2-8-18 1:59 PM EST | Email Article

By Sunny Oh

Treasury yields whipped around on Thursday as jittery investors pushed stock benchmarks mostly lower in another volatile session on Wall Street marked by inflation concerns.

How are Treasurys performing?

The yield for the benchmark 10-year Treasury note was at 2.85%, after notching an intraday high of 2.875%. The 2-year note yield was down 0.4 basis point to 2.130%, the 30-year bond rate rose 1.3 basis point to 3.129%.

Debt prices move in the opposite direction of yields.

What's driving markets?

After a brief rally to safety, pushed yields lower on Monday, with the Dow Jones Industrial Average shedding more than 650 points at its low, bonds experienced a resumption in selling, pushing yields back up. Wavering yields over the past several sessions have partially reflected concerns about rising inflation expectations that can erode the value of a bond and a flight to safety as higher yields, and borrowing costs, spur selling in stocks.

Rallying bonds helped to reverse the selloff seen in the morning after the Bank of England said strong inflation could bring forward the schedule for rate increases, putting pressure on U.K. government bonds. Its Monetary Policy Committee unanimously voted to keep interest rates unchanged (http://www.marketwatch.com/story/bank-of-england-signals-swifter-rate-hikes-2018-02-08) at 0.5%. The central bank has received flak from analysts arguing the U.K.'s interest rates are much too low as a weak pound has stirred up inflationary pressures.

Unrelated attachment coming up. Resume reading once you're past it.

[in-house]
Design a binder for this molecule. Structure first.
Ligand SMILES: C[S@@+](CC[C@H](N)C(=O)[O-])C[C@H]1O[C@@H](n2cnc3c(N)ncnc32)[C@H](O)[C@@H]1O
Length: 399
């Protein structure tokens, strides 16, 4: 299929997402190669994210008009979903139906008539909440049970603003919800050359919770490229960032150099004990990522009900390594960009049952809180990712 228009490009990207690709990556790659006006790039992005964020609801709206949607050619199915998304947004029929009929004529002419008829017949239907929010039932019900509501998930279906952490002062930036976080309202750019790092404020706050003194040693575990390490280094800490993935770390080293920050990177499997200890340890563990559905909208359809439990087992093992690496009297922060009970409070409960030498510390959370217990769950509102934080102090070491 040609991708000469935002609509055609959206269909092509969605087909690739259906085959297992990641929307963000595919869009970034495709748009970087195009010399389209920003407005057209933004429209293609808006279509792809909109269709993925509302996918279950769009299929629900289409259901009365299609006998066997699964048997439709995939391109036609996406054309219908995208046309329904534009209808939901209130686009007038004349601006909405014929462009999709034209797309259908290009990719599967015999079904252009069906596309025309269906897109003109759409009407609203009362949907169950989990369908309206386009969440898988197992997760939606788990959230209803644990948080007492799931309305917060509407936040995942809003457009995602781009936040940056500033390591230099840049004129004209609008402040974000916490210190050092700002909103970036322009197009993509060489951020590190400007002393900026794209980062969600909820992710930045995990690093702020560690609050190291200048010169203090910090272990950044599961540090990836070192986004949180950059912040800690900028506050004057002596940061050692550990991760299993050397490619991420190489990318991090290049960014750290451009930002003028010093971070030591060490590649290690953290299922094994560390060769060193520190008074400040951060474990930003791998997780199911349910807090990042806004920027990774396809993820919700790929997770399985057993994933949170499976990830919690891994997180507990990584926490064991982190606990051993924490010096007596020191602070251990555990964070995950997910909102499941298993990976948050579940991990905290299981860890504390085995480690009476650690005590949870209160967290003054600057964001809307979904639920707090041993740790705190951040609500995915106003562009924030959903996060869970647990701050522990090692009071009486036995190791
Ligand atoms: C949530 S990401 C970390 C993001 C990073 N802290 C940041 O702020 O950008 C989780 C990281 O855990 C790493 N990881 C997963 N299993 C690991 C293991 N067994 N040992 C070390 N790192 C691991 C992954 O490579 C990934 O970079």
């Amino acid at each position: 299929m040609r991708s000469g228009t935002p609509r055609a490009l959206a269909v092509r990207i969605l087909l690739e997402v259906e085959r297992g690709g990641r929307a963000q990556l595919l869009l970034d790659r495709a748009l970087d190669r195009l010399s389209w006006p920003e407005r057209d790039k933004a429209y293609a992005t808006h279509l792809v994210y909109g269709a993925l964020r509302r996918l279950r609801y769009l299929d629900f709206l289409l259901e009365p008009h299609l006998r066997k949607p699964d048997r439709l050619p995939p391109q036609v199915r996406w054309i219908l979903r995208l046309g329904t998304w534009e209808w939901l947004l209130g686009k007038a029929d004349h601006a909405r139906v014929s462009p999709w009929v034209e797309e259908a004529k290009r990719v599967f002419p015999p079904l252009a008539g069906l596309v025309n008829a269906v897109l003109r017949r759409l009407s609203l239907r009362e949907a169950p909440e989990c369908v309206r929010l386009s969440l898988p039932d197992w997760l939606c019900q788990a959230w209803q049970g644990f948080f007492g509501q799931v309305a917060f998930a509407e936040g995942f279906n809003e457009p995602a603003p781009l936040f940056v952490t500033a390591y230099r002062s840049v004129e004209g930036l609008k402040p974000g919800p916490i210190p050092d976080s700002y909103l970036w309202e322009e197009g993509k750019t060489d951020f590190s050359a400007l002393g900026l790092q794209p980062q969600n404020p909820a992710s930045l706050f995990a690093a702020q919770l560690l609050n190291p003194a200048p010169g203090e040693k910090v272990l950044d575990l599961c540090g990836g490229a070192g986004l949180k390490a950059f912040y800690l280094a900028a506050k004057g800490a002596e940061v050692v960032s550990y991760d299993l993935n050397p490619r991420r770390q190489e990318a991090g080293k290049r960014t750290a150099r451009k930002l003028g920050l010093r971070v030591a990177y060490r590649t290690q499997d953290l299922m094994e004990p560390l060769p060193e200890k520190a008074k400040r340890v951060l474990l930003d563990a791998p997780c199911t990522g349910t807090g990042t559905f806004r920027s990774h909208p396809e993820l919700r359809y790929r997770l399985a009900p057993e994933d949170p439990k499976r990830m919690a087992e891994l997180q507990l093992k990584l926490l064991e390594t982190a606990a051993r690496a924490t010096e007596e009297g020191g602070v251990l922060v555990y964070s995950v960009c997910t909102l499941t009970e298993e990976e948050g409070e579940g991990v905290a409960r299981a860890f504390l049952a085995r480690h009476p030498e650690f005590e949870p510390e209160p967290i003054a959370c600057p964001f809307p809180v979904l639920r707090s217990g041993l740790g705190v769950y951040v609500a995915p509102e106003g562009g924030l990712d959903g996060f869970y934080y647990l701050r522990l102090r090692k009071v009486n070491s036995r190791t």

Treasurys tend to follow shifts in major government bond markets like Germany and the U.K., where the debt shares haven characteristics similar to U.S. government paper.

The 10-year U.K. bond yield, or gilts, jumped 7.9 basis points to 1.617%, according to Tradeweb. While, sterling climbed to $1.3902, up from $1.3882 ahead of the BOE report.

See: Pound leaps above $1.40 after BOE hints at faster rate increases (http://www.marketwatch.com/story/pound-leaps-above-140-after-boe-hints-at-faster-rate-hikes-2018-02-08)

What did market participants say?

"US stocks still have not found health or balance, and the 2650 level on the S&P 500 gave way again this morning. No one is safe from today's woes, with the odd exception of utilities," said Jim Vogel, interest-rate strategist for FTN Financial.

What else is on investors' radar?

Philadelphia Fed President Patrick Harker hinted at a rate increase in March. is speaking in New York, and Minneapolis Fed President Neel Kashkari said the central bank was a "long way away" (http://www.marketwatch.com/story/fed-is-a-long-way-away-from-having-to-raise-interest-rates-due-to-wage-pressure-kashkari-2018-02-08) from raising interest rates due to wage-induced inflation.

Kansas City Fed President Esther George will speak at 9 p.m. None are voting members of the rate-setting Federal Open Market Committee this year.

Investors said the fresh budget deal (http://www.marketwatch.com/story/congressional-leaders-say-theyve-struck-two-year-budget-deal-2018-02-07)could add a bearish impetus to Treasurys trading. Under the pact struck between congressional leaders, the $300 billion increase in federal spending over the next two years could further widen the budget deficit, adding to already burgeoning projections for issuance next year. But the bill will still need to be voted on in Congress.

Read: Bond market braces for $ 1 trillion tsunami of Treasurys this year (http://www.marketwatch.com/story/bond-market-braces-for-1-trillion-tsunami-of-treasurys-this-year-2018-01-16)

 

(END) Dow Jones Newswires

February 08, 2018 13:59 ET (18:59 GMT)

Copyright (c) 2018 Dow Jones & Company, Inc.
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